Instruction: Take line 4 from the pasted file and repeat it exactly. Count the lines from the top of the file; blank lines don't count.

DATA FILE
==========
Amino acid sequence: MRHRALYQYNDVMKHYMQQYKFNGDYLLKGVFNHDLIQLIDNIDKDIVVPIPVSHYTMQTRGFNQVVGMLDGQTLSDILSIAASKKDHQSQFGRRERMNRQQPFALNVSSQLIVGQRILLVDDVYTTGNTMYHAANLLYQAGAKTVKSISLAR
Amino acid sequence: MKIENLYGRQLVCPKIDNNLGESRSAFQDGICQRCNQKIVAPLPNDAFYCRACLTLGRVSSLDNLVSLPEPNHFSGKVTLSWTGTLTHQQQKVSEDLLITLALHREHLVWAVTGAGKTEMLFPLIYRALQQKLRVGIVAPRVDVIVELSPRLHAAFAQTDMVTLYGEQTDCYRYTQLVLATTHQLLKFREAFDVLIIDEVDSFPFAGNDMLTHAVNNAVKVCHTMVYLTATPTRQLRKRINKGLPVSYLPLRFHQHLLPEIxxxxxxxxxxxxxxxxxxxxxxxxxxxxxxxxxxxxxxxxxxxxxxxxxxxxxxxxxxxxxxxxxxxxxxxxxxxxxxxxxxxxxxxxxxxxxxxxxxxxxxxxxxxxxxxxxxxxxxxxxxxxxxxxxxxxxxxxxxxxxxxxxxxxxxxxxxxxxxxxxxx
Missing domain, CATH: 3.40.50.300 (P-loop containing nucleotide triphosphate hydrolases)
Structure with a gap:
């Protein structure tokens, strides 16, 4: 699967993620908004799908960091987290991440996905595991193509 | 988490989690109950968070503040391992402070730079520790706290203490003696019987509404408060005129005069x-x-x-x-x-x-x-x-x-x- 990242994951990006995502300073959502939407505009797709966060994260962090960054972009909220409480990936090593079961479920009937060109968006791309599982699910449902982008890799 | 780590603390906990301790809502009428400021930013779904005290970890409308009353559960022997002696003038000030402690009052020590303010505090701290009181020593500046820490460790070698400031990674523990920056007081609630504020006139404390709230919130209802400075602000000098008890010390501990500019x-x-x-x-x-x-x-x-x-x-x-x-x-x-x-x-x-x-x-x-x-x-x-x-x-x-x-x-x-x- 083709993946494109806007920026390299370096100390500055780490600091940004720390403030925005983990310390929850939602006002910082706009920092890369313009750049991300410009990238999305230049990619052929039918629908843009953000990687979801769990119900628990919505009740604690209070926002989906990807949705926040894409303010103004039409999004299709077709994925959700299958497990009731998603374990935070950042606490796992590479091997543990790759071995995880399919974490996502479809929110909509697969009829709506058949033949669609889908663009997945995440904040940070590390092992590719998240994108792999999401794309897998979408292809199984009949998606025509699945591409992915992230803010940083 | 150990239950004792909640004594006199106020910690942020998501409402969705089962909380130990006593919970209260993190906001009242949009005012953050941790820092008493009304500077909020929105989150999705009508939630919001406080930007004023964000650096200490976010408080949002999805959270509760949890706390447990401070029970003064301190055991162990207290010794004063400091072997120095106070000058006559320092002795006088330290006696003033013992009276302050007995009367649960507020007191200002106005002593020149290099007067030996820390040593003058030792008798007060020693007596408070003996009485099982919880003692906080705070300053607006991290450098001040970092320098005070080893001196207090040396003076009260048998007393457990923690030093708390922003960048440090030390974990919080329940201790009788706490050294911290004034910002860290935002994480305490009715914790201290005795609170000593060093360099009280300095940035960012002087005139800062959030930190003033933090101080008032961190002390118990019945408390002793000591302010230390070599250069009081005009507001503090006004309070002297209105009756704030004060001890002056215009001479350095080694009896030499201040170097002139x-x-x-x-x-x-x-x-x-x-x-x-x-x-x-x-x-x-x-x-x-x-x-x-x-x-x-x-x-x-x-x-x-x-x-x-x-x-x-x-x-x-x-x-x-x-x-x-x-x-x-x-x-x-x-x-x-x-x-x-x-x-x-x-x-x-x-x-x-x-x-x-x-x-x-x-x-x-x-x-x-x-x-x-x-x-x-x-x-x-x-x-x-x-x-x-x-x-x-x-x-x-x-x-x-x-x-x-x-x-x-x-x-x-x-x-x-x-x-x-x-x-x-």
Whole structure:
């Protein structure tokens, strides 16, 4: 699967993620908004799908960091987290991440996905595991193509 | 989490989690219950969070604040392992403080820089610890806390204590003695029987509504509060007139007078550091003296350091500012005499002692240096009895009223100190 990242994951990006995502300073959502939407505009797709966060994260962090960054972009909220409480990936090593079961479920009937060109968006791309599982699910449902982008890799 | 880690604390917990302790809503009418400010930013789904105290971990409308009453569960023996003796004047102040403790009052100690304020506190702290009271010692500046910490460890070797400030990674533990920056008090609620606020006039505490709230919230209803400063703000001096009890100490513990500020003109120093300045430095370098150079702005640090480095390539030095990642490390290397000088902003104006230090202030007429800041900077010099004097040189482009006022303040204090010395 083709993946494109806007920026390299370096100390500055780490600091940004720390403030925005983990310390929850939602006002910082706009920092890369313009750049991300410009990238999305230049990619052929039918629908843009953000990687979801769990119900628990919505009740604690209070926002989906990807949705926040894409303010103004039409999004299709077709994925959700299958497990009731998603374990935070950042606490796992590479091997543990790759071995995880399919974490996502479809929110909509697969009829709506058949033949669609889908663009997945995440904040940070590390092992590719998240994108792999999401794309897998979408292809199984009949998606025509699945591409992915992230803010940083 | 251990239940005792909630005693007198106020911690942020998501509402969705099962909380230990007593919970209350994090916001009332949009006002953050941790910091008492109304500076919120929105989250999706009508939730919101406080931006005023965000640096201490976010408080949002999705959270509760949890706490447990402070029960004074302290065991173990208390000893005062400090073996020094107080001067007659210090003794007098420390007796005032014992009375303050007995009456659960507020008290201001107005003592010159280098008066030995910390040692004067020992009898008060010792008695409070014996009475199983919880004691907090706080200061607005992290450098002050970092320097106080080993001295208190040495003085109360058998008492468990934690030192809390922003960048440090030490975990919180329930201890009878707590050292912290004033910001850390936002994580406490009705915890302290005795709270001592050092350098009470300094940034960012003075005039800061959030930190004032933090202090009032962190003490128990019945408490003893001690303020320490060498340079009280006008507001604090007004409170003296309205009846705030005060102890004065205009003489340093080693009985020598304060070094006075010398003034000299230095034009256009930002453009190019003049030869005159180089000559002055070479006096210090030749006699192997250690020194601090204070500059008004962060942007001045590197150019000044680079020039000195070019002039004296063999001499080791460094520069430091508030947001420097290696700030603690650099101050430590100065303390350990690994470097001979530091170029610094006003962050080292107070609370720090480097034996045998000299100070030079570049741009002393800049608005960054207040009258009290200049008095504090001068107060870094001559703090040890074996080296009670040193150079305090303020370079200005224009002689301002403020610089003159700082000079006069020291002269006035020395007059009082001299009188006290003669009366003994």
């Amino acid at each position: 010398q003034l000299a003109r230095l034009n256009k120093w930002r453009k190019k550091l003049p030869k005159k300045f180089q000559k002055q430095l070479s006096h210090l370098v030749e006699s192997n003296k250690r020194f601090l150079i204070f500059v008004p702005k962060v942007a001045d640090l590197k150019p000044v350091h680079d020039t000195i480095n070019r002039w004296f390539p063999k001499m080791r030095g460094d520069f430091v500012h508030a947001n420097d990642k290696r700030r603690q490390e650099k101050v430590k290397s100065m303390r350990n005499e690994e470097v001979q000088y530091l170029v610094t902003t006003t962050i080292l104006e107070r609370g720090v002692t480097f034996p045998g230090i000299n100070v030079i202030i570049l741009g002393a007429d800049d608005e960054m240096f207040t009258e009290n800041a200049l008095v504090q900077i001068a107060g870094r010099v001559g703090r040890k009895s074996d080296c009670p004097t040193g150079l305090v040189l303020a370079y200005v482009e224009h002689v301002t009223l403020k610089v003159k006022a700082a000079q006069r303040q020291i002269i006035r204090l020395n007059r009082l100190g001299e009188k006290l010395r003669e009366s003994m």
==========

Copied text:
Structure with a gap: